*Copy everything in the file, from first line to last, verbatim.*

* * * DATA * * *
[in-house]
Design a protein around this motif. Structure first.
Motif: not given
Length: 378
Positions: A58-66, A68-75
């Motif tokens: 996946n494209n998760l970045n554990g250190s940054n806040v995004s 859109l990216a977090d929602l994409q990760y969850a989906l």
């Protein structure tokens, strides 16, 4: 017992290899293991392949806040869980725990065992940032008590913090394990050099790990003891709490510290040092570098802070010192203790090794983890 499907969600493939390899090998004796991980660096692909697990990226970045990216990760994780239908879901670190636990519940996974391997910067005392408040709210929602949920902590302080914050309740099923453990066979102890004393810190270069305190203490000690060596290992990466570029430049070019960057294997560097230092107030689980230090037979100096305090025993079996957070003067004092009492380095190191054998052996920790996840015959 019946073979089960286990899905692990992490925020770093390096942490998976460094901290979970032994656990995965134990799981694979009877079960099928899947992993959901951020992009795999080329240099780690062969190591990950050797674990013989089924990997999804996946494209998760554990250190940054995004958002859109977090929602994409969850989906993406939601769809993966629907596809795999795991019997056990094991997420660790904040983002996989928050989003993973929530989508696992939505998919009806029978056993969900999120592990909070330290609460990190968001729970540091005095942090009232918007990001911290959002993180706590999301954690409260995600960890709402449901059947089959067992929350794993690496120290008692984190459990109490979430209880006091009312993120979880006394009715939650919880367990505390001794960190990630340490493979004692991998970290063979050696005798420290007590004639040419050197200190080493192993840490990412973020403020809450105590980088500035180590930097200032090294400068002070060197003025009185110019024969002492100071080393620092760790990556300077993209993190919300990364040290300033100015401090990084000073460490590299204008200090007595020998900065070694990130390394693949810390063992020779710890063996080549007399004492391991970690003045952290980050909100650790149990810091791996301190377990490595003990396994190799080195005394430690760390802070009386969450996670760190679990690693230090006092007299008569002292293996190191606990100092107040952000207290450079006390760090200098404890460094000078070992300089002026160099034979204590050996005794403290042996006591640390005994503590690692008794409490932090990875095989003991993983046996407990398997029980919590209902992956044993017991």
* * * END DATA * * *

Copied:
[in-house]
Design a protein around this motif. Structure first.
Motif: not given
Length: 378
Positions: A58-66, A68-75
């Motif tokens: 996946n494209n998760l970045n554990g250190s940054n806040v995004s 859109l990216a977090d929602l994409q990760y969850a989906l």
């Protein structure tokens, strides 16, 4: 017992290899293991392949806040869980725990065992940032008590913090394990050099790990003891709490510290040092570098802070010192203790090794983890 499907969600493939390899090998004796991980660096692909697990990226970045990216990760994780239908879901670190636990519940996974391997910067005392408040709210929602949920902590302080914050309740099923453990066979102890004393810190270069305190203490000690060596290992990466570029430049070019960057294997560097230092107030689980230090037979100096305090025993079996957070003067004092009492380095190191054998052996920790996840015959 019946073979089960286990899905692990992490925020770093390096942490998976460094901290979970032994656990995965134990799981694979009877079960099928899947992993959901951020992009795999080329240099780690062969190591990950050797674990013989089924990997999804996946494209998760554990250190940054995004958002859109977090929602994409969850989906993406939601769809993966629907596809795999795991019997056990094991997420660790904040983002996989928050989003993973929530989508696992939505998919009806029978056993969900999120592990909070330290609460990190968001729970540091005095942090009232918007990001911290959002993180706590999301954690409260995600960890709402449901059947089959067992929350794993690496120290008692984190459990109490979430209880006091009312993120979880006394009715939650919880367990505390001794960190990630340490493979004692991998970290063979050696005798420290007590004639040419050197200190080493192993840490990412973020403020809450105590980088500035180590930097200032090294400068002070060197003025009185110019024969002492100071080393620092760790990556300077993209993190919300990364040290300033100015401090990084000073460490590299204008200090007595020998900065070694990130390394693949810390063992020779710890063996080549007399004492391991970690003045952290980050909100650790149990810091791996301190377990490595003990396994190799080195005394430690760390802070009386969450996670760190679990690693230090006092007299008569002292293996190191606990100092107040952000207290450079006390760090200098404890460094000078070992300089002026160099034979204590050996005794403290042996006591640390005994503590690692008794409490932090990875095989003991993983046996407990398997029980919590209902992956044993017991």